[...]

... I hate digital phones. I can\'t
stand video conferencing. How can people possibly tolerate
this?


I am ok with video calls. VoIP was horrid for years, complete words
dropping out. Clients who switched to VoIP sometimes had to use their
personal cell phones so could discuss something. It has gotten better.

afair the round trip on GSM is allowed to be ~140ms, ~180ms with hands free
but it as long as it has good echo cancelling it seems to work alright
I had to switch to GSM last year when my previous cell carrier
discontinued and that effect was noticeable. On the prior CDMA network
talking over each other happened less.

--
Regards, Joerg

http://www.analogconsultants.com/
 
J

Jeroen Belleman

Guest
On 2020-07-30 23:50, Sjouke Burry wrote:
On 30.07.20 23:39, Jeroen Belleman wrote:
On 2020-07-30 22:16, Joerg wrote:
On 2020-07-29 21:40, Joe Chisolm wrote:
[...]

ITU says 150ms one way, so called \"mouth to ear\". Cisco says that
can be pushed to a 200ms budget. Also > 30ms packet jitter can be
a problem. If you examine the video you normally see very little
movement with a conference. Some static power point slide while
people talk. Even video of people talking the back ground is very
static. Frame to frame compression can be very high, thus video
can be good but audio is poor.


Problem is, even with only 150msec it can take up to a 1/3rd of a
second (rount trip) to realize that the other guy must have started
talking at the same time. Then we both stop, both start again, stop
again, the usual. A 1/3rd of a second is a long time for audio.

Agreed! 150ms delay in a conversation is far too much. It
completely breaks the flow. I hate digital phones. I can\'t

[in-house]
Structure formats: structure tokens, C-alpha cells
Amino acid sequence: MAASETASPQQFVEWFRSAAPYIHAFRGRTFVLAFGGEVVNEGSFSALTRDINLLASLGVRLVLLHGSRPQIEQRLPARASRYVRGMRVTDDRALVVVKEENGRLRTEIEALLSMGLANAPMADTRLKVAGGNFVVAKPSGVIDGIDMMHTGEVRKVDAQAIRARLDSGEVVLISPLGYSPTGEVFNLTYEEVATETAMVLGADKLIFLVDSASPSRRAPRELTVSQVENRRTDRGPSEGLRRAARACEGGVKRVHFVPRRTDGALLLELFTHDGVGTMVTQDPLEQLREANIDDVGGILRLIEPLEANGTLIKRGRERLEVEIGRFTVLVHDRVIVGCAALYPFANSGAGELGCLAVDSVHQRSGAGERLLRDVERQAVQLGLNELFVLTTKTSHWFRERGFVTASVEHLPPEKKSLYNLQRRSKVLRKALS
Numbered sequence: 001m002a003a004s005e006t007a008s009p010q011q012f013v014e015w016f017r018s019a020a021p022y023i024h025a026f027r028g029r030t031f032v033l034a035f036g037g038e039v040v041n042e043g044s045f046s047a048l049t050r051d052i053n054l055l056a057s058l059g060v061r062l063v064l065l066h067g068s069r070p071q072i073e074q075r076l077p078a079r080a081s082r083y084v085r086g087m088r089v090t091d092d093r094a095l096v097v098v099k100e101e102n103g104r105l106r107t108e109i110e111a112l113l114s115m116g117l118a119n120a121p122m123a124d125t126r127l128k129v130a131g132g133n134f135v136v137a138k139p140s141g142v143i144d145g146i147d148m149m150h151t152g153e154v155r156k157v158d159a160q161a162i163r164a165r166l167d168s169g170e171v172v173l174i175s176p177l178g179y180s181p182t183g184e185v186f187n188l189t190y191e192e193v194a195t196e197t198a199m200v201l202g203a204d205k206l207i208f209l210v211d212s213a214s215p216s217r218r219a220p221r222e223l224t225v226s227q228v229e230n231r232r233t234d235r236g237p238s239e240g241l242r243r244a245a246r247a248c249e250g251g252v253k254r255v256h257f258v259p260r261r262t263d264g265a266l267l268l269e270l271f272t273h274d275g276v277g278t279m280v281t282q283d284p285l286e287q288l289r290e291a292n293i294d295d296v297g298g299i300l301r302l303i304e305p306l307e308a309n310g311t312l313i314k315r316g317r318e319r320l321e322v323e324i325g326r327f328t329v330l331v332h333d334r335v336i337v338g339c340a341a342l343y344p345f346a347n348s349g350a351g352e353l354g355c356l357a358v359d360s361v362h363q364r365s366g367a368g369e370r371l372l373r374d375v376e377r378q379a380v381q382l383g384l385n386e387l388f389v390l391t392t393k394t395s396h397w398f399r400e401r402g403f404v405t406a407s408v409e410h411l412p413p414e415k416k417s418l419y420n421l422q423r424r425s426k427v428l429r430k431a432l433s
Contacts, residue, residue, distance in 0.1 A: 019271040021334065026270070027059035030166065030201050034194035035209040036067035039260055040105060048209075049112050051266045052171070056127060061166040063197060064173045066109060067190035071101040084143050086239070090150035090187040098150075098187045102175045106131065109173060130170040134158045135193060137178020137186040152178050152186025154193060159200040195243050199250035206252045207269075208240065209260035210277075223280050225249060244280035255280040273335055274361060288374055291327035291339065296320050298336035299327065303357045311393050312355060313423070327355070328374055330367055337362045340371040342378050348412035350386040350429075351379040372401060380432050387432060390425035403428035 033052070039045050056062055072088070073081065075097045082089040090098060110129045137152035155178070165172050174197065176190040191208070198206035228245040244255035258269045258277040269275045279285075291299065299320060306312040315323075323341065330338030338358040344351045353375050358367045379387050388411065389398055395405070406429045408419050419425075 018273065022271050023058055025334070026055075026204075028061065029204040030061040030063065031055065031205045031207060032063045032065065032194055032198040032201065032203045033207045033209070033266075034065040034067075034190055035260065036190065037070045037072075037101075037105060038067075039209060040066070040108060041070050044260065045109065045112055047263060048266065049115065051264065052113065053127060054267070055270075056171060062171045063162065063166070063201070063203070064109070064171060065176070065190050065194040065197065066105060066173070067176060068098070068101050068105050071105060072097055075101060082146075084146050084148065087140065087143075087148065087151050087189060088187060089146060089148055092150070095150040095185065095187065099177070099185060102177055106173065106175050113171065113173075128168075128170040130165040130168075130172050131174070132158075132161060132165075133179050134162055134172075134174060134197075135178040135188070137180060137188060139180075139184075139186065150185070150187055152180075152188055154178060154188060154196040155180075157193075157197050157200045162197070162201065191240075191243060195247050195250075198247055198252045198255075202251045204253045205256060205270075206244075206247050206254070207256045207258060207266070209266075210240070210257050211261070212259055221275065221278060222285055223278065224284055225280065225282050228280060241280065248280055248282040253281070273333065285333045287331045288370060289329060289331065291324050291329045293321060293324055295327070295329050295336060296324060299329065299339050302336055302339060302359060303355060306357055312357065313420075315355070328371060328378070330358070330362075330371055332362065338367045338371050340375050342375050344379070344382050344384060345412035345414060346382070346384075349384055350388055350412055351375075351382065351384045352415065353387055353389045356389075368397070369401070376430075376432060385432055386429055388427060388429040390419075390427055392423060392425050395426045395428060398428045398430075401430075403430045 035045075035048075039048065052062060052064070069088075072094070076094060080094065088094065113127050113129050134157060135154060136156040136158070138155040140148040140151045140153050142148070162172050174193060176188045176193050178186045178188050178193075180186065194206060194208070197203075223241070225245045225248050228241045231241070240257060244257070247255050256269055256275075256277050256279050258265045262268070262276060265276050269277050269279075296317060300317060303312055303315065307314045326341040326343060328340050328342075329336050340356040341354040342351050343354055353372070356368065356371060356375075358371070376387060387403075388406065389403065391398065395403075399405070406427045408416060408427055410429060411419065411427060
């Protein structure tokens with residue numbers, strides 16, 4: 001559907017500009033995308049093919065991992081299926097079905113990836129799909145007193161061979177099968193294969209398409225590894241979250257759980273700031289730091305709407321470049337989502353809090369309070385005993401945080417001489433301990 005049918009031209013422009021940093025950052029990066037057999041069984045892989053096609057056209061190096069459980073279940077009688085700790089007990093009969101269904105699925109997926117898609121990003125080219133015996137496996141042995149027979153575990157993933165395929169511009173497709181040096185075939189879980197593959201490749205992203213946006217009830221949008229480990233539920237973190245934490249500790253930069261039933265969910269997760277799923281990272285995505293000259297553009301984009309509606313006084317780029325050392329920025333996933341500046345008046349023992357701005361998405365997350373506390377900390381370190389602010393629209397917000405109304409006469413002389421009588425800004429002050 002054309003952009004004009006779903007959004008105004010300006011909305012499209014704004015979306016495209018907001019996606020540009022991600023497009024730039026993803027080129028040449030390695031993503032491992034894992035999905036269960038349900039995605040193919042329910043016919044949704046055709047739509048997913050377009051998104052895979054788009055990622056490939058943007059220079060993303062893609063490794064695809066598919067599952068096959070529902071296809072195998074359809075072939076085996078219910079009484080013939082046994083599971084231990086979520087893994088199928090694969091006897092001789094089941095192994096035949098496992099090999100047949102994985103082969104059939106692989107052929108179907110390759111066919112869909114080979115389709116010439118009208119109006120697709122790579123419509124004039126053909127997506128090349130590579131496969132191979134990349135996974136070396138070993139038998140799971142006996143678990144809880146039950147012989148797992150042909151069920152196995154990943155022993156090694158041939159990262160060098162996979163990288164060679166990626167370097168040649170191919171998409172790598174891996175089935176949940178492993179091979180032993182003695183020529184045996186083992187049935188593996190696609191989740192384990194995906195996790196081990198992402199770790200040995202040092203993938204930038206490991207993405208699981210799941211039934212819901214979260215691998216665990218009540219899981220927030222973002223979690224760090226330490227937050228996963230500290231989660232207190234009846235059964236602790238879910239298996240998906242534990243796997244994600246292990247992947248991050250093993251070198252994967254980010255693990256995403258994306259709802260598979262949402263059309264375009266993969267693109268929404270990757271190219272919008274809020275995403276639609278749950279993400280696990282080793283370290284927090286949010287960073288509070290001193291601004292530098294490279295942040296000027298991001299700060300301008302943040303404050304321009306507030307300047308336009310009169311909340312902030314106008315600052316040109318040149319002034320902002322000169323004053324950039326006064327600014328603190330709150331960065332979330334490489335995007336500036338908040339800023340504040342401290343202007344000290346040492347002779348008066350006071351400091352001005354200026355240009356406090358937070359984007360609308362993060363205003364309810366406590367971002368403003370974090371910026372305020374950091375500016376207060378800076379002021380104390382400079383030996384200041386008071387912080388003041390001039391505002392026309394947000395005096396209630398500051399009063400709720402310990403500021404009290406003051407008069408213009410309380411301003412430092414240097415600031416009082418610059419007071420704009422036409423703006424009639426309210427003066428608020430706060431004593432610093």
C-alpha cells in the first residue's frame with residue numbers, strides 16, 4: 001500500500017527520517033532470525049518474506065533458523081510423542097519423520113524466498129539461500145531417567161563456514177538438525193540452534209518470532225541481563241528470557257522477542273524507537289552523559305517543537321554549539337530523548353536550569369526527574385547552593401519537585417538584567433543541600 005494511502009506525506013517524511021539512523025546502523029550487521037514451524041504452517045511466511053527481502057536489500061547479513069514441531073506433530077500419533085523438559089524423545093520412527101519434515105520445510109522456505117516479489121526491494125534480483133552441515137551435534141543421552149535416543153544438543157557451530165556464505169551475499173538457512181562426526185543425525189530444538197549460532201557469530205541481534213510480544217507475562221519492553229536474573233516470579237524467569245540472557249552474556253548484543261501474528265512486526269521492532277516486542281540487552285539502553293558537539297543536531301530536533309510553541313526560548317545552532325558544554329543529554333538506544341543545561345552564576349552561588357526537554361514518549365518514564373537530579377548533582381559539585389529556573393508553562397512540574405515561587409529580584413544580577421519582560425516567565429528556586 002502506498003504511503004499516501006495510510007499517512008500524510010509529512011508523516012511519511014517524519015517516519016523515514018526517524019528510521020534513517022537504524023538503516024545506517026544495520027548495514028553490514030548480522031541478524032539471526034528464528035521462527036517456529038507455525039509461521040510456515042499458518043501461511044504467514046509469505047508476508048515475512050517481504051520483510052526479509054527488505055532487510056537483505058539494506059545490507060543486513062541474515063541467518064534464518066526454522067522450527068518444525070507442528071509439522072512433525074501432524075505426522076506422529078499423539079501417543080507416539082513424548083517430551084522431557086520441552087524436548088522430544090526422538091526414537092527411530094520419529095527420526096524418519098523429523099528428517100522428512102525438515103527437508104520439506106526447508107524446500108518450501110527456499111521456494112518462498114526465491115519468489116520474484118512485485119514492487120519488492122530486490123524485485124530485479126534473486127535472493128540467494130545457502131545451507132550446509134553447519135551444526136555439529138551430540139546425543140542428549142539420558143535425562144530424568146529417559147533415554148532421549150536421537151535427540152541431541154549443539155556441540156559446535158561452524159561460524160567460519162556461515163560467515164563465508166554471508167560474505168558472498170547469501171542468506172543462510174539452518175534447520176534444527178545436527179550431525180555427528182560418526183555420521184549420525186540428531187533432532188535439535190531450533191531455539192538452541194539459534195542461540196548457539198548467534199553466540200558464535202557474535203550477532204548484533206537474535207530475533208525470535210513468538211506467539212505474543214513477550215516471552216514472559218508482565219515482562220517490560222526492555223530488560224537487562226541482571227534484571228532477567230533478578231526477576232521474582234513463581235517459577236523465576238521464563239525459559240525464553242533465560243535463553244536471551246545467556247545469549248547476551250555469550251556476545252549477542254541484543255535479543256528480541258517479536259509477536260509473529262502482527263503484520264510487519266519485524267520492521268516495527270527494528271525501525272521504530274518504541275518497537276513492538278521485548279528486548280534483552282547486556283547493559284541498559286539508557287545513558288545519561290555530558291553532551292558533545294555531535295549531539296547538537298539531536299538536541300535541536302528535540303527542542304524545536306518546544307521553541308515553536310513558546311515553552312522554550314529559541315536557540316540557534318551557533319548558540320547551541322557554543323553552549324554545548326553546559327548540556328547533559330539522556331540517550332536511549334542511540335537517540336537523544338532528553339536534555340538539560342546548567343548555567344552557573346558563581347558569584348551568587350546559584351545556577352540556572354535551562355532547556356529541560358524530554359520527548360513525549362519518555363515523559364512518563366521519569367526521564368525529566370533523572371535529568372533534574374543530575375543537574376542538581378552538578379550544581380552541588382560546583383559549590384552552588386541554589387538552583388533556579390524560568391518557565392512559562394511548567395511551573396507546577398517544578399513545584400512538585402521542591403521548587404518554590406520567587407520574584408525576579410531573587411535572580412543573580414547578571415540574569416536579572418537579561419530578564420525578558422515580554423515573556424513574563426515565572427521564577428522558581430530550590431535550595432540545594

stand video conferencing. How can people possibly tolerate
this?

Jeroen Belleman

They tolerate it, because they are unable to shrink the earth,
and/or built computers/networks which are 1000 times faster.
You have evidently never used an old analog phone. No perceptible
latency, no drop-outs, no weird distortions. But that era is well
behind us.

Jeroen Belleman
 
J

Joerg

Guest
On 2020-07-31 00:30, Mikko OH2HVJ wrote:
Joerg <news@analogconsultants.com> writes:

Problem is, even with only 150msec it can take up to a 1/3rd of a
second (rount trip) to realize that the other guy must have started
talking at the same time. Then we both stop, both start again, stop
again, the usual. A 1/3rd of a second is a long time for audio.

Different services also have had quite big differences in delays - in
April I noticed a LOT of this with some services while other services
caused no problems in discussion. Sometime we had to treat Teams as
half-duplex media with handshakes and arbitrator to get the meeting
done..
It might depend on how busy their servers are. I had a recent Teams
meeting that was nearly latency-free. However, that was only to San
Diego which is about 500mi or 800km from here. Not sure which server
then gets used.

Now, if everyone had a ham radio license and the proper equipment ...

--
Regards, Joerg

http://www.analogconsultants.com/
 
J

John Larkin

Guest
On Fri, 31 Jul 2020 22:12:08 +0200, Jeroen Belleman
<jeroen@nospam.please> wrote:

On 2020-07-30 23:50, Sjouke Burry wrote:
On 30.07.20 23:39, Jeroen Belleman wrote:
On 2020-07-30 22:16, Joerg wrote:
On 2020-07-29 21:40, Joe Chisolm wrote:
[...]

ITU says 150ms one way, so called \"mouth to ear\". Cisco says that
can be pushed to a 200ms budget. Also > 30ms packet jitter can be
a problem. If you examine the video you normally see very little
movement with a conference. Some static power point slide while
people talk. Even video of people talking the back ground is very
static. Frame to frame compression can be very high, thus video
can be good but audio is poor.


Problem is, even with only 150msec it can take up to a 1/3rd of a
second (rount trip) to realize that the other guy must have started
talking at the same time. Then we both stop, both start again, stop
again, the usual. A 1/3rd of a second is a long time for audio.

Agreed! 150ms delay in a conversation is far too much. It
completely breaks the flow. I hate digital phones. I can\'t
stand video conferencing. How can people possibly tolerate
this?

Jeroen Belleman

They tolerate it, because they are unable to shrink the earth,
and/or built computers/networks which are 1000 times faster.

You have evidently never used an old analog phone. No perceptible
latency, no drop-outs, no weird distortions. But that era is well
behind us.

Jeroen Belleman
Latency? You had to call the operator to set up a long-distance call.
She\'d call back when they were ready.

The quality could be really bad.